The Sydney suburbs where the real estate market is picking up
Interest rates could continue to rise, previous rate hikes are yet to take full effect and the economy is likely to weaken this year as unemployment rises and households spend their savings.
Thomas McGlynn, BresicWhitney’s chief executive and director of sales, said it was a combination of factors that led to strong “boom” conditions, including incentives for first-time buyers amid low inventories.
“If you had to pinpoint one change that has occurred that has given others a lot of confidence, was the change in stamp duty for the first home buyer. It definitely gave that group of buyers a lot more confidence, which gave confidence to other demographics,” McGlynn said.
Beginning Jan. 16, first-home buyers can spend up to $66,000 extra on the auction if they choose to pay annual property taxes, fueling competition for homes worth up to $1.5 million . NSW Treasury previously said the change should not have a noticeable impact on prices.
“If you didn’t understand the other macroeconomic conditions we’re facing, like high inflation and international economic conditions, based on the auction clearance rates you would say it’s very, very similar to the conditions of a boom.”
McGlynn also said many buyers are betting on an end to rate hikes.
“Many are seeing this as an opportunity to buy and potentially buy at a discounted rate before interest rates go down again.”
Cooleys auctioneer Michael Garofolo said it was a good time to buy despite rising interest rates as there were more buyers than sellers in the market.
“With low inventories, it must not be a good time to sell, so it must be a good time to buy. Low inventories tell me vendors are sitting on the sidelines until the market improves.
“When the market was booming it was a great time to sell. Now we have turned that around.”
He said even more affordable parts of the Sydney property market performed strongly because rate hikes hurt less when prices were lower.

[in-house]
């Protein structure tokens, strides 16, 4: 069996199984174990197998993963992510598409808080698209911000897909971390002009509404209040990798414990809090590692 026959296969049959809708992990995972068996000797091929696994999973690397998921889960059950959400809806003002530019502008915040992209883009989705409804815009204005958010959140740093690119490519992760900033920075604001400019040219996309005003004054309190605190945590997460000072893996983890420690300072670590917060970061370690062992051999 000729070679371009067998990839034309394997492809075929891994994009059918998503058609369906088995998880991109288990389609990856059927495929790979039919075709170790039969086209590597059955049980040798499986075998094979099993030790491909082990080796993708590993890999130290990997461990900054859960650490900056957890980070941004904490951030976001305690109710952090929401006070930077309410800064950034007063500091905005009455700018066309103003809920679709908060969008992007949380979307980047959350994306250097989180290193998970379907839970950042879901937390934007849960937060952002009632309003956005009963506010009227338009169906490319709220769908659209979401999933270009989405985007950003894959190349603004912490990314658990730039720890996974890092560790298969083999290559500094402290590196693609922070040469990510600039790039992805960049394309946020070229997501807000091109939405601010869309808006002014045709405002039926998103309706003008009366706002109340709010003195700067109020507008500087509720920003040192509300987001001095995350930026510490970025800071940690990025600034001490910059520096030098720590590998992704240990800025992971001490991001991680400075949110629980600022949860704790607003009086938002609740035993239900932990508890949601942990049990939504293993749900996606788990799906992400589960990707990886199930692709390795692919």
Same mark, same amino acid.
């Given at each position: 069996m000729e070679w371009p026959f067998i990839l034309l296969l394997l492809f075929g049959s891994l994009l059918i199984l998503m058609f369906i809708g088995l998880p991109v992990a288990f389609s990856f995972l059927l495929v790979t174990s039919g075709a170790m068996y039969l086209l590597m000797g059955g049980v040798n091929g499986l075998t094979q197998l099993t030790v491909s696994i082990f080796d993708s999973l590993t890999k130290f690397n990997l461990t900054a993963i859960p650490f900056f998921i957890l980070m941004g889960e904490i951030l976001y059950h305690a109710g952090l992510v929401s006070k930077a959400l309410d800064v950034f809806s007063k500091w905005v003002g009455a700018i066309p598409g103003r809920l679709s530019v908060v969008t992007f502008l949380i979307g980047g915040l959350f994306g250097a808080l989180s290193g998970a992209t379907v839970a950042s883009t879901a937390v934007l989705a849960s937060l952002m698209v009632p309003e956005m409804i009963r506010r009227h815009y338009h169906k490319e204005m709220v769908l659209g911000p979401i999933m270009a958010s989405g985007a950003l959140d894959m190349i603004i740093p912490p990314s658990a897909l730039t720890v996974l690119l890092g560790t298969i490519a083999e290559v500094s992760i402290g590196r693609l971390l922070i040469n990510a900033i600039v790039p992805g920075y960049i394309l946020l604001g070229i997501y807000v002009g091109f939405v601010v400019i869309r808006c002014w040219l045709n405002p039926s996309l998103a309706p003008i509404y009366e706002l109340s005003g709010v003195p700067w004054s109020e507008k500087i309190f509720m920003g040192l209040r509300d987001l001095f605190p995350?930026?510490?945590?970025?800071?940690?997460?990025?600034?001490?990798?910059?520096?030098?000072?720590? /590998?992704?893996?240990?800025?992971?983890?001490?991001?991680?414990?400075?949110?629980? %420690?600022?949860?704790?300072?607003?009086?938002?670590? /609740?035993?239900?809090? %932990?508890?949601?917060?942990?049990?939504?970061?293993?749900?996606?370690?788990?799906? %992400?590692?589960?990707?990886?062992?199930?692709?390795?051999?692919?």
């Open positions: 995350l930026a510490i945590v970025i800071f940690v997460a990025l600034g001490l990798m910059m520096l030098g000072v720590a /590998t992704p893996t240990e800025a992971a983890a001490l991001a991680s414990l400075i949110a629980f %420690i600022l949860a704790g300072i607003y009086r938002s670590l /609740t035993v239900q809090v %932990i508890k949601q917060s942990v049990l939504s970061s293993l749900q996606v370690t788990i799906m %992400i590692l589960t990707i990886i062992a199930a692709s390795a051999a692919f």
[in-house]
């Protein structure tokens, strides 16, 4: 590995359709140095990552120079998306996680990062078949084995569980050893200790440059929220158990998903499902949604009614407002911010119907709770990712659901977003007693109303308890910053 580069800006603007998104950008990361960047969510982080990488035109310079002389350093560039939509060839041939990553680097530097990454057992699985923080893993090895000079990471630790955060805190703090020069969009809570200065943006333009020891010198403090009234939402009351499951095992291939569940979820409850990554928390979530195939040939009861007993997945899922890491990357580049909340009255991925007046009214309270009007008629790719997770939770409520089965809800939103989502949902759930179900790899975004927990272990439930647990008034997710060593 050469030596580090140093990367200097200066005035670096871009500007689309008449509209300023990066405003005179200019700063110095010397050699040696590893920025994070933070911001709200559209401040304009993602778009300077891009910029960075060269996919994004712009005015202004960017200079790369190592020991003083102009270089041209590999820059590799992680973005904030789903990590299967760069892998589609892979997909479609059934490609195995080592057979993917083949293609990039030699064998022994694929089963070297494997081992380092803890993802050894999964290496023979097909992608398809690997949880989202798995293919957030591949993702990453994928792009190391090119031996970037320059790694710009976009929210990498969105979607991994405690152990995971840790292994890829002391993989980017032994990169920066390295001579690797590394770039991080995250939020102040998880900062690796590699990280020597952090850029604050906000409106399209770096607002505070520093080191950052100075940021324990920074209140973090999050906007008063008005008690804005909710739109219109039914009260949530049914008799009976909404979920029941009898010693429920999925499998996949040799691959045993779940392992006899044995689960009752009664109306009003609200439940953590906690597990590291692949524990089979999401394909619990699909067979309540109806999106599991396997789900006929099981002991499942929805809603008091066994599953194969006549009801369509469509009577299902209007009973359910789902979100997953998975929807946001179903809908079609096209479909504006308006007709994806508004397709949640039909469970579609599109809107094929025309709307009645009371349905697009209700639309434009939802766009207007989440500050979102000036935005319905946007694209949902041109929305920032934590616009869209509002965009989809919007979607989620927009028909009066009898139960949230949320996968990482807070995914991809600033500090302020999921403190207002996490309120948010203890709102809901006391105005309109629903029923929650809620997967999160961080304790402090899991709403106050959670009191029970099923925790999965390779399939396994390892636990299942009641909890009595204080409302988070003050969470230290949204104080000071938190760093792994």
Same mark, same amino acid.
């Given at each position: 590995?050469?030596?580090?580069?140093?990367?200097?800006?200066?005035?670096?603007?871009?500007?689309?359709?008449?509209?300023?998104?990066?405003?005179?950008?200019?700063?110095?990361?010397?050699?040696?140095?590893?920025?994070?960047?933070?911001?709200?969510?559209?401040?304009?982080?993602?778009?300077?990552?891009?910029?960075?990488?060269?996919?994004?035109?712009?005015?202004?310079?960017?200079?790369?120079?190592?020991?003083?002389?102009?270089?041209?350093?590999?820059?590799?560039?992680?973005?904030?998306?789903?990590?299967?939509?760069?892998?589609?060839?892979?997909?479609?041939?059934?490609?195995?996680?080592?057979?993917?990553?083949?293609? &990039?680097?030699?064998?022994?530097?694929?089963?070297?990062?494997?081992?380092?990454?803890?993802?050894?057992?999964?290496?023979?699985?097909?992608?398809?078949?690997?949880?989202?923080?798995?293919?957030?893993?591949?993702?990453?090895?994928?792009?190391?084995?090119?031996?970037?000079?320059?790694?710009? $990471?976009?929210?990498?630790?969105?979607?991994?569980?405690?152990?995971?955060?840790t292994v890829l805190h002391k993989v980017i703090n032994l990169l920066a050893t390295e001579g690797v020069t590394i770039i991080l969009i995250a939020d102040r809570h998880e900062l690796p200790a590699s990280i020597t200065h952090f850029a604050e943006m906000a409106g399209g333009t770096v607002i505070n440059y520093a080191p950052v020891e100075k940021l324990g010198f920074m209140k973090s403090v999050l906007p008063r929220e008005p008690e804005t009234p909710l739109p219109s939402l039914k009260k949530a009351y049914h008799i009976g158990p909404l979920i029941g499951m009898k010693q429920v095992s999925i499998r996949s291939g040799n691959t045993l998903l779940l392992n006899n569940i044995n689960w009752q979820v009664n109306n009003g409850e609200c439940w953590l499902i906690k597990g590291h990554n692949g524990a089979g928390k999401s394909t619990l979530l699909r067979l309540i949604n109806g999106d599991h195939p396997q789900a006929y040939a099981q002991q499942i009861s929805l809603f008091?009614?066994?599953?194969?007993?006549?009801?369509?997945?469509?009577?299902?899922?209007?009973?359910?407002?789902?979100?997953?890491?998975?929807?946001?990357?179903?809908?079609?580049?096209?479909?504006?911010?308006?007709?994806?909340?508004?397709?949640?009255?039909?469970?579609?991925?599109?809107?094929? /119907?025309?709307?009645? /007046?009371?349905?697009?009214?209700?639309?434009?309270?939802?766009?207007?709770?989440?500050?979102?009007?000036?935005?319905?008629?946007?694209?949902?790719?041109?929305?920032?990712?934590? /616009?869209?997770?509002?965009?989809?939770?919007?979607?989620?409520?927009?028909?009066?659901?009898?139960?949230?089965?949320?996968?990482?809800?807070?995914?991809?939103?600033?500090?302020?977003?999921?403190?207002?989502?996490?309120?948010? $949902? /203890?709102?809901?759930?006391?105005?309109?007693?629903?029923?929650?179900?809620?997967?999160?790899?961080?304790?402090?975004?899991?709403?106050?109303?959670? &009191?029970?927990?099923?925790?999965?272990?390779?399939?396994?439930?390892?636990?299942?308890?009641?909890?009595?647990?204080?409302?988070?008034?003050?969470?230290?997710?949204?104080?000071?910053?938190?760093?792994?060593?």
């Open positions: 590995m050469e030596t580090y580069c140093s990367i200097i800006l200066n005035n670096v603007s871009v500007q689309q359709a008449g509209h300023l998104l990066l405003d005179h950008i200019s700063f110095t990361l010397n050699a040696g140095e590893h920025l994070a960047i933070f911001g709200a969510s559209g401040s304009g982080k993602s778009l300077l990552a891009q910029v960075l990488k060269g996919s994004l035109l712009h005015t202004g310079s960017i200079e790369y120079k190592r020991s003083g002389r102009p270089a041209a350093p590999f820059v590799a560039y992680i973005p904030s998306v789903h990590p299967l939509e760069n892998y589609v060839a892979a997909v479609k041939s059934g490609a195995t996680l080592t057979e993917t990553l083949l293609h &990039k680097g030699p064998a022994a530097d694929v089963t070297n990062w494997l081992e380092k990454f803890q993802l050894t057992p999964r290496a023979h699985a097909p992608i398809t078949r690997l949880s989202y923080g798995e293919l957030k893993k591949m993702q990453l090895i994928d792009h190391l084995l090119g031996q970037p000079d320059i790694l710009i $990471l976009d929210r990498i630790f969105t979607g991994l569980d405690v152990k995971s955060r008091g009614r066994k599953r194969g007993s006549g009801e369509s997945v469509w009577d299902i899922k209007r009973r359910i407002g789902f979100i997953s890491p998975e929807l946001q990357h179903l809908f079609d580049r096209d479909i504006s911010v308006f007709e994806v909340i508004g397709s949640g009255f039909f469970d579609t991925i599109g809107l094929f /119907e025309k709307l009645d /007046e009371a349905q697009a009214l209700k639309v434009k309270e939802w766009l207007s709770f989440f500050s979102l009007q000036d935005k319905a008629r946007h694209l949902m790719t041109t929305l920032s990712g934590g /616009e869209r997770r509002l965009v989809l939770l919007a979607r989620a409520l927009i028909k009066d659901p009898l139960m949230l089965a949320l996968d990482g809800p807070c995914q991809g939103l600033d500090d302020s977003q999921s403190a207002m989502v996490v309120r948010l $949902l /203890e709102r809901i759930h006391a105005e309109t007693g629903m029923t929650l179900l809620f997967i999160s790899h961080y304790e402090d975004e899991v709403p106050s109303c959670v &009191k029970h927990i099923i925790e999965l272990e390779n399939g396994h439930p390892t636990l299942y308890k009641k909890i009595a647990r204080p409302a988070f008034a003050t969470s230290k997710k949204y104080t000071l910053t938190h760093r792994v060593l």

Ray White NSW chief auctioneer Alex Pattaro felt that even an influx of houses would not weaken prices due to the strong buyer pool.
“The pool of buyers is enormous. In the past 30 days, we’ve had the highest number of registered bidders in 12 months,” Pattaro said.
“Even though there has been an inflow of inventory, we’re confident that buyers will keep up with the volume.”
AMP Capital’s Chief Economist, Dr. Shane Oliver, however, believed the earnings improvement could be part of a bump that historically occurs during market downturns.
“Even during downturns, it waxes and wanes,” Oliver said.
“Prices can rise and then fall again. One could argue that there is now an element of that.
“Right now there is some pent-up demand from people who have been bargain hunting, they are motivated by falling prices.
“A tight rental market and recurring migration could also help stimulate demand during periods of low supply [of homes for sale].”
Bank economists forecast two more rate hikes before pausing, putting even more pressure on the market.
Oliver believes prices across the country will fall between 15 and 20 percent from peak to trough.
He said he couldn’t rule out that prices may have bottomed, but it’s unlikely.
“Historically, interest rates have been the most important driver of house prices and we are still a long way from lower interest rates. That makes it really confusing.”
https://www.smh.com.au/property/news/hot-sydney-suburbs-where-the-property-market-is-picking-up-20230315-p5cs8q.html?ref=rss&utm_medium=rss&utm_source=rss_property The Sydney suburbs where the real estate market is picking up